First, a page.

As many of you know, I’m a huge advocate of making eLearning challenging and engaging. I can hear you now, “Yeah, Joe, but who isn’t?” Well, we may all want to create great learning but the truth is that most learning is linear, passive, and boring. For the last several of the 32 years that I’ve been creating eLearning, my main career mission has been to show and teach how to design and develop eLearning that is scenario-based, that makes the learner think, that allows experts not to waste their time slogging through a lot of material they already know, but that also allows novices to get plenty of extra help. There are more elements, of course (media, social learning, and others) that help a lot, but we start with scenarios and build upon them.
Scenario-based learning, simply put, allows the learner to make mistakes and learn from those mistakes, not typically with immediate feedback (though that may be preferable sometimes), but with delayed feedback. What if the learner makes a mistake in performing the series of steps in a surgical procedure. In real life, that may not be evident until several minutes, hours, or even days later. Scenario-based learning gives us the ability to have potential surgeons and everyone else learn from their mistakes in a safe environment, one in which real patients don’t actually die as a result (and that’s a good thing).
In the past, whenever I’ve created such a lesson, I’ve used flowcharting applications to lay out the scenes and their branches, which made it much easier to then develop the slides or pages and the navigation between them in Adobe Captivate, Articulate Storyline, or Trivantis Lectora. See Figure 1 for a complete scenario I built for first-responder flood training and Figure 2 for a close-up of a section of it. Notice how after I created the flowchart I assigned numbers to each scene, which translated into slides in Captivate and Storyline and into pages in Lectora.
Figure 1: The complete flowchart for first-responder flood training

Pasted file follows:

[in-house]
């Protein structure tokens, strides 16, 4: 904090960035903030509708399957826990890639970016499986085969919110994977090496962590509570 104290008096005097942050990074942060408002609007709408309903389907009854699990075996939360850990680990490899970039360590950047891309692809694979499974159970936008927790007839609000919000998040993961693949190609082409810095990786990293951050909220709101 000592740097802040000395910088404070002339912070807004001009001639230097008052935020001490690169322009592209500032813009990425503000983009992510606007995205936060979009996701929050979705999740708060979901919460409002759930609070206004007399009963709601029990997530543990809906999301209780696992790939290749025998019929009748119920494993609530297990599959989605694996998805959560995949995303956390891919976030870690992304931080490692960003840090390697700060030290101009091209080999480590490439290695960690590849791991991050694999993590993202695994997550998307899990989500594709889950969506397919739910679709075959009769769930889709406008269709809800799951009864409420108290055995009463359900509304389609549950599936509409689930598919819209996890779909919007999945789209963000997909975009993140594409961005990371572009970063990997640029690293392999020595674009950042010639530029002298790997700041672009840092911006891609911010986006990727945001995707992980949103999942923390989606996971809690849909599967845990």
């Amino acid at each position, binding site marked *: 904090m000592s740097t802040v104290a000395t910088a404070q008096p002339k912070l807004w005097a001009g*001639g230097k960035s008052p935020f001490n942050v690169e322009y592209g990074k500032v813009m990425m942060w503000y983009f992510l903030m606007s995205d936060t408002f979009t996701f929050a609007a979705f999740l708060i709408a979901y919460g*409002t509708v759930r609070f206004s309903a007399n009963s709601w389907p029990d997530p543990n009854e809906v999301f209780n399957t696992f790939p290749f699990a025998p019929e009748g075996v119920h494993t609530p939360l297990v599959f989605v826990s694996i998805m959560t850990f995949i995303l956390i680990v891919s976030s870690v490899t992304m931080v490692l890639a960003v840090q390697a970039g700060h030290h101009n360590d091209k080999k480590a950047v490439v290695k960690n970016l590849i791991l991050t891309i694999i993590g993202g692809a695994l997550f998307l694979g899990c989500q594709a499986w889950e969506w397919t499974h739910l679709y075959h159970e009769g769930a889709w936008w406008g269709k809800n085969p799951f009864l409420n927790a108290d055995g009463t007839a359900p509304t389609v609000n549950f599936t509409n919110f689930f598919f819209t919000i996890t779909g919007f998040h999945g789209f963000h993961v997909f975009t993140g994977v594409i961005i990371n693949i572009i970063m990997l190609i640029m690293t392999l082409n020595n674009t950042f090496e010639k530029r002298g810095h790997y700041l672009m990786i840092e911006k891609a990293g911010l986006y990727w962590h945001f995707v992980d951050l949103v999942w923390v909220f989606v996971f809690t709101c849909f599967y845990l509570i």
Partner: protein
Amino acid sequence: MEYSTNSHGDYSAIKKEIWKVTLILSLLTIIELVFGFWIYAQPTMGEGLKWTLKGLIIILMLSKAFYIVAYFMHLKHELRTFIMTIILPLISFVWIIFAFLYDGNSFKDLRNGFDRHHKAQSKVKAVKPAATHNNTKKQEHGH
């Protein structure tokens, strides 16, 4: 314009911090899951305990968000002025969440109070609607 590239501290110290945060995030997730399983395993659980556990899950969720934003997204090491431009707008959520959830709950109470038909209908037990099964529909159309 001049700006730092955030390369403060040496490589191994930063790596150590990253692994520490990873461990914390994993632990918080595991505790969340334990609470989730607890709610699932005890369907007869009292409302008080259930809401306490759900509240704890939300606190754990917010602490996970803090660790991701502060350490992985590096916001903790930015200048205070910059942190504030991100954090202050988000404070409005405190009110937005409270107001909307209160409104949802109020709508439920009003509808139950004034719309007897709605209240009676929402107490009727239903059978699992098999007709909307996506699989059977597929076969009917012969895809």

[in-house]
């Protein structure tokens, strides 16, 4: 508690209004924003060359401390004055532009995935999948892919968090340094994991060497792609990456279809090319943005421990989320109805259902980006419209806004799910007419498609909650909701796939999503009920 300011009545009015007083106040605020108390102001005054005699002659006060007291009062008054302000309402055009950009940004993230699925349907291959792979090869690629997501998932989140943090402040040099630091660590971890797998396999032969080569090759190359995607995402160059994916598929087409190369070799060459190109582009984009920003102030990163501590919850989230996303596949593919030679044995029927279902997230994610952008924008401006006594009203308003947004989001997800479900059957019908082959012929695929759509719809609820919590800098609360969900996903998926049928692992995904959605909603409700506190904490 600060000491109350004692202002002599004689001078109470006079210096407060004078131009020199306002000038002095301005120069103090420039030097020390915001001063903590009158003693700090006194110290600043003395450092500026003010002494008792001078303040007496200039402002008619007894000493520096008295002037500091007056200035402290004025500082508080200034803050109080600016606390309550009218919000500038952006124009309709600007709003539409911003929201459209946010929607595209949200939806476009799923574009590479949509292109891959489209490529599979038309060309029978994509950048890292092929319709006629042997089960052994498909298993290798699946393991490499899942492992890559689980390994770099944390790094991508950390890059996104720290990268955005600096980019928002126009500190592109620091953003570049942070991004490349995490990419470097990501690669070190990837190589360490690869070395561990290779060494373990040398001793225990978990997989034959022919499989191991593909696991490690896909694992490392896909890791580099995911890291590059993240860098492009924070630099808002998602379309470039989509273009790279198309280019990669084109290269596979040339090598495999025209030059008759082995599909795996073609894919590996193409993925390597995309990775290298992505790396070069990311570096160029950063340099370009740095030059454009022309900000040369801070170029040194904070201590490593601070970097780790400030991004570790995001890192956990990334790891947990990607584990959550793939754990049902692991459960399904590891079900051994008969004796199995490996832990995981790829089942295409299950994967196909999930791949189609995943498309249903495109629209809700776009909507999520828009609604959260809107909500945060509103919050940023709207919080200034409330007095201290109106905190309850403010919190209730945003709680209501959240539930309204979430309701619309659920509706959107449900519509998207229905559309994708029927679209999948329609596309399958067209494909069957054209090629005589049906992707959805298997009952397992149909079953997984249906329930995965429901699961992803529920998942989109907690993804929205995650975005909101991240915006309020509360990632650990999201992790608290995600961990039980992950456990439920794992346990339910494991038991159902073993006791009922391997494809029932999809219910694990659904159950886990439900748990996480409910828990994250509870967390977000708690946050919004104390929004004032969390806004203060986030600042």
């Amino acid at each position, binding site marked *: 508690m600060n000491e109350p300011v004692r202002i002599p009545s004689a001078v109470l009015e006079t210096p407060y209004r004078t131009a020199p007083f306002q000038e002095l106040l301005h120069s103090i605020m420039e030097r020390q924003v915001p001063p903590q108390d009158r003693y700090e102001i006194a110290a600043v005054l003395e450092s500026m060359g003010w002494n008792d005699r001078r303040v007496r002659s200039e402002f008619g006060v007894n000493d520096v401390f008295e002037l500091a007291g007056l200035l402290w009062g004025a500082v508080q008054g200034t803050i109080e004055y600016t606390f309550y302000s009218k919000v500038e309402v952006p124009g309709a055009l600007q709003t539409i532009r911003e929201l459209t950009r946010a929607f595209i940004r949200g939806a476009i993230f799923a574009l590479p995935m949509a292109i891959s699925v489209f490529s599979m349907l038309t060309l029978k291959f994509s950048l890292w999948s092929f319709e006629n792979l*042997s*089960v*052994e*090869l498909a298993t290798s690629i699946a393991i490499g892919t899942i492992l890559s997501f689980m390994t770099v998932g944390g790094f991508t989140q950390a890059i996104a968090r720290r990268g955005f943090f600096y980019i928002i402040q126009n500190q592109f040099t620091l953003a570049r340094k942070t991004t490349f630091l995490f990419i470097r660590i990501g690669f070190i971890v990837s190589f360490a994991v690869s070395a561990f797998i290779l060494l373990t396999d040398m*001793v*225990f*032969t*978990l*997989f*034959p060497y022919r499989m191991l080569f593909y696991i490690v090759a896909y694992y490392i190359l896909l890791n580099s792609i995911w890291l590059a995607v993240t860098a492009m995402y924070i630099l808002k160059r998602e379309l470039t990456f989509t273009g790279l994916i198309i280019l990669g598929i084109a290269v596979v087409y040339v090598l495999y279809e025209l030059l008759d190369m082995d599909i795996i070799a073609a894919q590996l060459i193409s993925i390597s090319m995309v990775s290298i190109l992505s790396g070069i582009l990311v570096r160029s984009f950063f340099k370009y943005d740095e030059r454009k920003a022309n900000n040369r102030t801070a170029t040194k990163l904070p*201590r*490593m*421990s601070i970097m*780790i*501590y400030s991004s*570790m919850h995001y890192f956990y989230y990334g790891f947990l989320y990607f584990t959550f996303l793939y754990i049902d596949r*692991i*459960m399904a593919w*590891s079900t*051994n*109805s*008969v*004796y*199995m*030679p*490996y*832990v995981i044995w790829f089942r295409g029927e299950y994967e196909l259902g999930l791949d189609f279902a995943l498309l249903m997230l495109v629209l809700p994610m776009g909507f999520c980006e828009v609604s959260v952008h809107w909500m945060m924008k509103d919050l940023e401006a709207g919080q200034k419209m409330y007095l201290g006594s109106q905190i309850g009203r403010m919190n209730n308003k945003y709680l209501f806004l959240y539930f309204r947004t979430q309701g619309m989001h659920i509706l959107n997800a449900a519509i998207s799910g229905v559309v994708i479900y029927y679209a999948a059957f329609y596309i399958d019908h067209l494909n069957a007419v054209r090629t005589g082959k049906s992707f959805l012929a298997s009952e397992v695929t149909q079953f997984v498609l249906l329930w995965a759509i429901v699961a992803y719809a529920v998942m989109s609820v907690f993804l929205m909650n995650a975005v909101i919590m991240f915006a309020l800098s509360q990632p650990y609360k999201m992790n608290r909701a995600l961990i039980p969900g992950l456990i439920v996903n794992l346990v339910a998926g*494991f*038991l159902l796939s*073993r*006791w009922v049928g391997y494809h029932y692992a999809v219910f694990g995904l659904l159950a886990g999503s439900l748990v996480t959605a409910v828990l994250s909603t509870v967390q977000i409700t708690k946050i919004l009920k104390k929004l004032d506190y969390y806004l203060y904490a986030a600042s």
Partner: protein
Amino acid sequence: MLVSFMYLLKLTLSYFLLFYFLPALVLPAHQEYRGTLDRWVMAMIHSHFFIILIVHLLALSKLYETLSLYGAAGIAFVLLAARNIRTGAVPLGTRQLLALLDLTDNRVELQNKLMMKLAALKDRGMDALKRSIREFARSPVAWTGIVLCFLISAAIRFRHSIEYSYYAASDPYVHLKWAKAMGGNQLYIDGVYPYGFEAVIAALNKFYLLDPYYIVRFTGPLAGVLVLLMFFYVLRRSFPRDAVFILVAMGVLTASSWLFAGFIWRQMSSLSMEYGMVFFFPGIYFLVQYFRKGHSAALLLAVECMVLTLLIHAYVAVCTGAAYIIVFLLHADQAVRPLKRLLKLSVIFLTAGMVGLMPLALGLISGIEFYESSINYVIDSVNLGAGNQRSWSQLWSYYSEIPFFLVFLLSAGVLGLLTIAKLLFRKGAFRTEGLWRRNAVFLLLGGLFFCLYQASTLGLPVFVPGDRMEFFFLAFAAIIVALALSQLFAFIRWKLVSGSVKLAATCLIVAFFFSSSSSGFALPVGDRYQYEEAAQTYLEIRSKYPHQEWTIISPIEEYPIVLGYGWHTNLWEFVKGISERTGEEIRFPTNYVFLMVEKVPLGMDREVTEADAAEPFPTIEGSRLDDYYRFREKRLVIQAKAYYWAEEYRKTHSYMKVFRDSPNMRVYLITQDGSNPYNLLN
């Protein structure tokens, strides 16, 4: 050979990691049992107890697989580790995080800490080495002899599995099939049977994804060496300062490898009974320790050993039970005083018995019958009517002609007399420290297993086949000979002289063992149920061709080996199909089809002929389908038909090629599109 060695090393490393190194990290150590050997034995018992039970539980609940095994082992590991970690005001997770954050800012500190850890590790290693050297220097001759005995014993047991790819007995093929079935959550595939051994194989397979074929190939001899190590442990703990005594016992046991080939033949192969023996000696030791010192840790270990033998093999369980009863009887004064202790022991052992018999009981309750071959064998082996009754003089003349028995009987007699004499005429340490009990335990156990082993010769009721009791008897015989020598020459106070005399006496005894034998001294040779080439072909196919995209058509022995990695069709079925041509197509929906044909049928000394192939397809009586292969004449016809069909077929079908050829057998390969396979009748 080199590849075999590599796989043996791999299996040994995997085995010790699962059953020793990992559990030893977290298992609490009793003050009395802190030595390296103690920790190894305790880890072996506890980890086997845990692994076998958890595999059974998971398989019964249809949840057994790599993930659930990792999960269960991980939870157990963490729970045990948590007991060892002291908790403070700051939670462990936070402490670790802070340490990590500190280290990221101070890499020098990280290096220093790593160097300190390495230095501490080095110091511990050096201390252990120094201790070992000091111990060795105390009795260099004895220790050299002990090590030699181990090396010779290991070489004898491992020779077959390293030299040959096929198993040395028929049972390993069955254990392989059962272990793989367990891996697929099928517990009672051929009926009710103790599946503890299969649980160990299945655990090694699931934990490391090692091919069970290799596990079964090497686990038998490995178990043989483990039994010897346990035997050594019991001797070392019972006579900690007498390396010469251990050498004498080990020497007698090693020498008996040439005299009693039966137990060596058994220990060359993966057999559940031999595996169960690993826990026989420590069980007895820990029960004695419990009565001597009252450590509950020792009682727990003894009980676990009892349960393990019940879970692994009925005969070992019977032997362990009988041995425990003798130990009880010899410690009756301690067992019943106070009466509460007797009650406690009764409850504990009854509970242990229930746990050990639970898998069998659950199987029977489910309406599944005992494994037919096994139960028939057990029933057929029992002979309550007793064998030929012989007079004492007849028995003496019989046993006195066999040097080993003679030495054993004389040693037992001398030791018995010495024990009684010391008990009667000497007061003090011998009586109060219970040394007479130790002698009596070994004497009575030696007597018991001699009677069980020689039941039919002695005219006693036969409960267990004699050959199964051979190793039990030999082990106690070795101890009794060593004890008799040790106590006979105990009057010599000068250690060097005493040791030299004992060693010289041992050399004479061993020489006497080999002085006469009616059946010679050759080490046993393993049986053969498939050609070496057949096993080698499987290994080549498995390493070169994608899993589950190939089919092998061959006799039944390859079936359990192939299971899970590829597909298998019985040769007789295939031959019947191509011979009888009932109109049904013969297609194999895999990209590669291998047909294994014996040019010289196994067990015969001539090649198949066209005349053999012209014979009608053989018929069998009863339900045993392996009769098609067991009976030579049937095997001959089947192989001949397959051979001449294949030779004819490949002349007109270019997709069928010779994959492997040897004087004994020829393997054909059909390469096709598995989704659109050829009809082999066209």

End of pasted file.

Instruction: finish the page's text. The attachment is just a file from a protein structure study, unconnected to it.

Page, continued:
Figure 2: A section of the flowchart
While this approach has certainly worked for me in the past, I’m very happy to have found BranchTrack, a cloud-based tool that makes not just the flowcharting easy but actually outputs a full-fledged simulation for you. You can even take the result and insert it into a slide of your favorite authoring tool. In other words, it’s built to play well with other tools.
BranchTrack is simple. Start by setting up your first scene. See Figure 3.
Figure 3: Editing a scene
Add a built-in character or an image of your own to display as part of the scene. Set the character’s emotion as well. Finally, you can add a background image too, again from built-in background images or one that you upload (Figure 4).
Figure 4: Adding characters and backgrounds
Once you’re set up your responses, you can link them to other scenes, by clicking and dragging the link symbols you see in Figure 4 to any other existing scene or to a blank part of the canvas to create a new scene. As you being to work, you’ll see your scenes and links forming, as Figure 5 shows.
Figure 5: The start of a scenario with scenes and links
Notice that Scene #7 has a symbol. Roll over it and it will prompt you as to what’s missing. See Figure 6.
Figure 6: Helpful prompts
Back in Figure 3, note the symbol. This lets you enter the Full Screen editor, where you can add the score for the scene, change the text color, set or change links, and more. See Figure 7. Notice the Feedback option. It can be a bit confusing at first glance because it is not shown as a result of the learner choosing one of the options in the current scene. In fact, it is shown prior to the learner making a choice. It actually serves as feedback to the choice the learner made in the last scene, which then linked to the current scene. In other words, I normally wouldn’t have feedback on Scene 1 but may for subsequent scenes.
Figure 7: The full-screen editor